We've got a primer for getting rid of wrinkles—info you need to know!

Last month I discussed wrinkle formation and prevention—sunscreen, sunscreen, sunscreen. And Botox for those of you who don’t want expression lines either. Have I mentioned how bad smoking is for your skin?

This month, let’s explore the options for “treating” wrinkles, starting with the least invasive procedure—moisturizing creams.

Every moisturizer works to some extent by temporarily plumping up the top layer of your skin with humectants (chemicals designed to attract water). But, since we know from last month that wrinkles are formed deeper in the skin, this will only reduce the appearance of the fine lines that you have. And that is exactly what every manufacturer tells you in their advertising!

Notice that they do not say that their product will eliminate or reduce the wrinkles; they carefully state that their product will reduce “the appearance” of fine lines and wrinkles.

This is the important part. Back in November’s column, I explained that the epidermis (outer layer of our skin) is designed to protect us from our external environment. It literally keeps out all the bad stuff. But skin can’t differentiate between the molecules of “bad” stuff and the molecules of “good” stuff you’re putting on it. It doesn’t know that you’ve just applied a $150 "miracle" potion, a $10 cream that was on sale at the drug store, or some cleaning solution that spilled while you were mopping the floor.

Last year, Consumer Reports did a study on wrinkle creams. Using a double-blind study method for 12 weeks, testers tried products from Avon, Lancôme, Strivectin, La Prairie and others. At the end of the test, Olay Regenerist Perfecting Cream performed the best. But that said, it only reduced wrinkles by about 10 percent – barely visible to the naked eye.

Retin-A (Retinol) is well-known for its healing effect on acne-prone skin, but it will also work on fine lines. A derivative of Vitamin A, Retin-A works to promote turnover of skin cells and stimulates natural production of collagen. This is only available by prescription, and works best if you continue use for a year or more. Be aware that it can cause dryness and redness and will definitely make you more sensitive to sunlight.

Peels, either chemical (glycolic acid or alpha-hydroxy acid) or mechanical (micro-dermabrasion, dermabrasion, laser re-surfacing), are also effective at treating wrinkles. Depending on the concentration of solution used in a chemical peel or the style of abrasion used in a mechanical peel, results can be subtle or dramatic. Please see my June 2005 column for detailed information on peels of all types.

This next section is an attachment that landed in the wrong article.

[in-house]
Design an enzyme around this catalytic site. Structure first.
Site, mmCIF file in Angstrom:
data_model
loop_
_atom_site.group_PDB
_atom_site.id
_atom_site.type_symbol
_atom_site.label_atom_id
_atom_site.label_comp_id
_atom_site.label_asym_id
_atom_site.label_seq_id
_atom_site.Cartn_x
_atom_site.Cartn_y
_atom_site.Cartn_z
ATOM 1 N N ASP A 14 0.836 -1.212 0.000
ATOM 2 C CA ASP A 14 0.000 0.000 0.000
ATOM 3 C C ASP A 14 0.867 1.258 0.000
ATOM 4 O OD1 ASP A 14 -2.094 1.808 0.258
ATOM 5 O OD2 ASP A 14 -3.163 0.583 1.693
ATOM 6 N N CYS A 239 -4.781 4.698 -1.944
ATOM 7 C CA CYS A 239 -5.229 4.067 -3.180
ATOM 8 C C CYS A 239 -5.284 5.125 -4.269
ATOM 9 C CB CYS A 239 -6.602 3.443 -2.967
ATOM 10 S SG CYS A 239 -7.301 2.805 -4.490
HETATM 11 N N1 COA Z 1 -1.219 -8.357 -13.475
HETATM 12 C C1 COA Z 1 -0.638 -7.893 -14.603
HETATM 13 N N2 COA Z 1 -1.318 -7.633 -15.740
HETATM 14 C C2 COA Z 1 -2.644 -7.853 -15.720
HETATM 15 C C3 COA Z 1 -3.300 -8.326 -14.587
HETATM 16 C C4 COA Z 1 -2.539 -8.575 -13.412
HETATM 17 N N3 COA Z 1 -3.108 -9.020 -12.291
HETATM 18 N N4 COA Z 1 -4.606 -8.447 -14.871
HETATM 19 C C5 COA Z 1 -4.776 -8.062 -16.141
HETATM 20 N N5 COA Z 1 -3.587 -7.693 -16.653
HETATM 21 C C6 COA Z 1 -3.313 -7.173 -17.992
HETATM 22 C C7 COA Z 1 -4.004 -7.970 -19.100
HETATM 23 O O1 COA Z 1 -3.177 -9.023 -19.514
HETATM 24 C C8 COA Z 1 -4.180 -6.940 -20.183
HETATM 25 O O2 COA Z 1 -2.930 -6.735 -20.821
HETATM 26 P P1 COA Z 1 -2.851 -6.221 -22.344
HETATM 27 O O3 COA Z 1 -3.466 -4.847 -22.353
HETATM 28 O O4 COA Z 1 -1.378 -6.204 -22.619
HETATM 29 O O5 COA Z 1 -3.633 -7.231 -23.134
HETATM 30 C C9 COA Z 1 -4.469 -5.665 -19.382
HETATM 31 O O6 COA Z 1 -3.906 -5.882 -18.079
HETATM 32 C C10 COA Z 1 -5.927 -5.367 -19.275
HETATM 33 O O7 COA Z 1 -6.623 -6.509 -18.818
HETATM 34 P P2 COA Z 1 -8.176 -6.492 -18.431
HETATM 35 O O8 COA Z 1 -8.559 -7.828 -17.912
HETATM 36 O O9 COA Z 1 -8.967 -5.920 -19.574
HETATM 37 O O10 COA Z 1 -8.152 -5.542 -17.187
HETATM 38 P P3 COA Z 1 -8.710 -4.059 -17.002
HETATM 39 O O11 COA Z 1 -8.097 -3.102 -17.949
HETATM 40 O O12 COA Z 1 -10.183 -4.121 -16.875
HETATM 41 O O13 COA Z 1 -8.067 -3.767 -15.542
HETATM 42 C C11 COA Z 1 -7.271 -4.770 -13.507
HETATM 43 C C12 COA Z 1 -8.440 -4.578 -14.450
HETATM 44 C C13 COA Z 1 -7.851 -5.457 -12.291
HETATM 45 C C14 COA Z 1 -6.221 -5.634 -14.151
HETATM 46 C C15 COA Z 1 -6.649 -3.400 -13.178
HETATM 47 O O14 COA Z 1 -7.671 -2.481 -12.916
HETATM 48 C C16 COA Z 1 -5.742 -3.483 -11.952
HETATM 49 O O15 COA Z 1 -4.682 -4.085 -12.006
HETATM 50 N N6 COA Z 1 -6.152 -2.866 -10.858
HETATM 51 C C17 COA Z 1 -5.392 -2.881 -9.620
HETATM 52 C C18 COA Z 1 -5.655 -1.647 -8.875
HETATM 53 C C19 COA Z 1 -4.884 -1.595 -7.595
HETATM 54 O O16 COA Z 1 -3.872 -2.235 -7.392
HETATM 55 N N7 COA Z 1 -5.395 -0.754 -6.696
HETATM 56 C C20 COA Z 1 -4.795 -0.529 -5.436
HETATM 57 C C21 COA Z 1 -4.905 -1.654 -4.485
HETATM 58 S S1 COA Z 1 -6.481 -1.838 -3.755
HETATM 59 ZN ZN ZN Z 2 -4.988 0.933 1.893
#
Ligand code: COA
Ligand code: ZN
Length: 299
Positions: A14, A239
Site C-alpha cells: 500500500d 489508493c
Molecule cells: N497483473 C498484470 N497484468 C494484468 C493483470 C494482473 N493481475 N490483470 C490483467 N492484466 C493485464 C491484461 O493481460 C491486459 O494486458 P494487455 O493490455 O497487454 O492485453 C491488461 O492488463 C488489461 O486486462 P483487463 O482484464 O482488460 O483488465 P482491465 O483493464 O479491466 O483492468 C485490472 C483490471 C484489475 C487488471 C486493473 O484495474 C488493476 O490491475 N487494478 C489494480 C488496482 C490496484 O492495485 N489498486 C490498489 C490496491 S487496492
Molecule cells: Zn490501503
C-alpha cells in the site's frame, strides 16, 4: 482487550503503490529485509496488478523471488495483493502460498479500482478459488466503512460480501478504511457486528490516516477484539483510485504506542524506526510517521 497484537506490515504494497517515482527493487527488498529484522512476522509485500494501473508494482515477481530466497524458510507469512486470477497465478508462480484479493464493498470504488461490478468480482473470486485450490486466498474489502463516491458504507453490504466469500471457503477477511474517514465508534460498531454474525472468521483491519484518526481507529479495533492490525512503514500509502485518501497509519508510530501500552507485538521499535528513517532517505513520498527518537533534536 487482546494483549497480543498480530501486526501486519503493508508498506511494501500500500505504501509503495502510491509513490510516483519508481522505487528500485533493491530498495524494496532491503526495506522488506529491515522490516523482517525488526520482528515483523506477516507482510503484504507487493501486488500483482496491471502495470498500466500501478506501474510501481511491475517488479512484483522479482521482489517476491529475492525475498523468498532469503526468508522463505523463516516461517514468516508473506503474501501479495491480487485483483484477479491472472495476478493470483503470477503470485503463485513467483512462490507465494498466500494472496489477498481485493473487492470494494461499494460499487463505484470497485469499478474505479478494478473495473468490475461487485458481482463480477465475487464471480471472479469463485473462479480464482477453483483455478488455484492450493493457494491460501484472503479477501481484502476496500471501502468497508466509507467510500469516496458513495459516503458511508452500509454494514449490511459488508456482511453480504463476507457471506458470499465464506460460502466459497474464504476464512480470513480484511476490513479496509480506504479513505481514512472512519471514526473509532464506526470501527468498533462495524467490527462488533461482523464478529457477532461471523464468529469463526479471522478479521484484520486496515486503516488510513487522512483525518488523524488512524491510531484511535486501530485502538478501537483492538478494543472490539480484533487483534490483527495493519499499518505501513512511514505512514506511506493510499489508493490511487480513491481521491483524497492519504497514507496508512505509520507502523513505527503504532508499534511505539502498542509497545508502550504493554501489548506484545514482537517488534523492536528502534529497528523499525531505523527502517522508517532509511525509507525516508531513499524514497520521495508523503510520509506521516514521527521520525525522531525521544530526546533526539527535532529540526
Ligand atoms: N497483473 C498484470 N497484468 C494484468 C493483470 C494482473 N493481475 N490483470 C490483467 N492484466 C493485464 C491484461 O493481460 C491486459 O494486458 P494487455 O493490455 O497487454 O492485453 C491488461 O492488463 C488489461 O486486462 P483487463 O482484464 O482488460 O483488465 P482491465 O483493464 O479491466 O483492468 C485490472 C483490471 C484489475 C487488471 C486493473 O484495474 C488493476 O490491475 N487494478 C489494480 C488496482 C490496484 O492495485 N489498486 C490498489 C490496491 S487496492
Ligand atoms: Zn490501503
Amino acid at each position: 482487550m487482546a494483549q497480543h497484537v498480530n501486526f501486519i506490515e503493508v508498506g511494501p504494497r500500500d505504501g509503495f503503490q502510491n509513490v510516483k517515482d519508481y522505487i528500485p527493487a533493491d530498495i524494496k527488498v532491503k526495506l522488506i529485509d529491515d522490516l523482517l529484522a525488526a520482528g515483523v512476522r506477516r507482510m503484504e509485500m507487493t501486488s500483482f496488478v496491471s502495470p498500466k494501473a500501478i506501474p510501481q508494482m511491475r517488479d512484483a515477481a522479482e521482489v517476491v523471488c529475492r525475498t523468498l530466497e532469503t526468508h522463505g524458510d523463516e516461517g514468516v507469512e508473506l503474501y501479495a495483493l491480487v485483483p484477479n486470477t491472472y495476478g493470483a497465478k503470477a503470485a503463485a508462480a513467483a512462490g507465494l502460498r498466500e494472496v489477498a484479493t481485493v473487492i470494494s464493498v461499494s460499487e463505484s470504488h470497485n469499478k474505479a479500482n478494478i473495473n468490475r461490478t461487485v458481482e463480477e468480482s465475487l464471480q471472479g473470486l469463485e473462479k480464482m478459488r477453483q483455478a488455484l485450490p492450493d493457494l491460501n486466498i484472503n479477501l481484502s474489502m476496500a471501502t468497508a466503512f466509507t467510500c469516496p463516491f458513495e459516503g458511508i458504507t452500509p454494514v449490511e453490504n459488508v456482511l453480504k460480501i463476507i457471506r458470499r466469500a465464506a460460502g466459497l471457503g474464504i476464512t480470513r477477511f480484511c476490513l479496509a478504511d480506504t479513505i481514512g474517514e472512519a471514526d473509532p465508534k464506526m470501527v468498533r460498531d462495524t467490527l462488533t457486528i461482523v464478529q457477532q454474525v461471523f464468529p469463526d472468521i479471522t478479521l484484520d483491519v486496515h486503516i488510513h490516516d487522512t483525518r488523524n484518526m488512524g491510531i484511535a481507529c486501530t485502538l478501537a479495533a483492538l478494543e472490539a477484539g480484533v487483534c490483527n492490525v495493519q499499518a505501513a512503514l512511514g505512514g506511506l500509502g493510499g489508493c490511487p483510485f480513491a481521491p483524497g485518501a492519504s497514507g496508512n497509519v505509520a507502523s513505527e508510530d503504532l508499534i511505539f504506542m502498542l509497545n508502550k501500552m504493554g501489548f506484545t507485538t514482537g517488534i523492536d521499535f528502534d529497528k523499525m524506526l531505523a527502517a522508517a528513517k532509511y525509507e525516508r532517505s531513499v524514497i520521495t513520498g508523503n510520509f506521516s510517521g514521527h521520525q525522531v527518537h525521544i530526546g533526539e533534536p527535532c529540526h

Deeper wrinkles are usually a result of facial movement over time. Crow’s feet around the eyes, for example, come from squinting in the sunlight. And forehead creases are the accumulation of a lifetime of wrinkling your brow or frowning. Botox works on these deeper wrinkles by paralyzing the muscle around the area (for several months at a time), allowing the patient to avoid the movement that causes the wrinkles. In combination with injectable fillers, Botox injections can help people avoid more serious surgical interventions for longer periods.

Fillers come in three varieties: your own fat can be “harvested” and injected into you (least likely to cause allergic reaction); collagen (animal or human protein aka Zyplast, Cosmoplast); and polymer-based (Restylane, Juvederm, Sculptra).
Fat-grafting is the most expensive and most invasive method of filler, requiring more recovery time. Collagen and polymer-based fillers can be injected in the doctor’s office and should only be done by a plastic surgeon or dermatologist with experience in using them. Fillers can last up to four years, depending on the type used and the area of the face treated.

Thermage is a relatively new treatment for aging skin involving the use of radio-frequency waves. During a Thermage treatment, the radio waves heat the collagen deep within your skin in order to tighten it. This also stimulates new growth of your natural collagen. While some patients have reported immediate results, it generally takes a few months to see the effect (which can last up to two years). The only reported side effect is mild redness akin to sunburn.

Face lifts are no longer reserved for actors, the very old and the very wealthy. There now are variations on full-face lifts that treat specific areas, for example, eyelid surgery.

During a full-face lift, the underlying tissue and muscles of the face are lifted, repositioned and stitched into their new place. Excess skin and fat are also removed and recovery can take several weeks. As with all surgery, there are always risks. If you are considering a face lift, or any variations one one, make sure that your doctor is board-certified by the governing body for plastic surgeons in your country.

A newer version of the face lift, called a “thread lift” or “feather lift,” redrapes the skin of the face rather than working on the underlying muscle. During this procedure, threads that have tiny barbs on them are inserted under the skin and pulled upwards to give a tightening effect. This works best on patients who do not have very loose or seriously sagging skin and the effects can last up to five years.

So, my friends, there you have it – from Retin-A to Zyplast. Whatever you decide for yourself, always interview doctors carefully, check their credentials, and talk to other people who have had the procedure done.

Wrinkles are something that cannot be avoided – we all get them. But this is one instance where the ounce of prevention (sunscreen, dark glasses, big hats) is well worth the price compared to the pound of cure!